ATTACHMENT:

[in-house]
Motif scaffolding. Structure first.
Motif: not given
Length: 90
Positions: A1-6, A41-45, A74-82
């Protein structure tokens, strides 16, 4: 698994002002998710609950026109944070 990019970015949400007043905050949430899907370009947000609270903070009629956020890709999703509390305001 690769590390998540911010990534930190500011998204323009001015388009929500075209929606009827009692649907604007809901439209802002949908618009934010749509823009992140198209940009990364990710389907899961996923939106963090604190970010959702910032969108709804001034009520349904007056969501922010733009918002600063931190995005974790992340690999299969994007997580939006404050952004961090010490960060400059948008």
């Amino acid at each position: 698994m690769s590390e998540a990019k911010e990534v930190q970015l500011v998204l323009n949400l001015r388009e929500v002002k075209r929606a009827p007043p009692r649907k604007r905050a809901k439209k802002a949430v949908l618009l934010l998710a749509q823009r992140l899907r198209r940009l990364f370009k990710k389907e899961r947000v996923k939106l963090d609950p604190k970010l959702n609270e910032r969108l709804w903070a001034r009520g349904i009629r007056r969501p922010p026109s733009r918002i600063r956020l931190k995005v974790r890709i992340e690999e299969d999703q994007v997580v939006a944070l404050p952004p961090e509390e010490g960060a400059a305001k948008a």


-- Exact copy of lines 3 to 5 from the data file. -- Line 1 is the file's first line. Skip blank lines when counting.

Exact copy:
Motif: not given
Length: 90
Positions: A1-6, A41-45, A74-82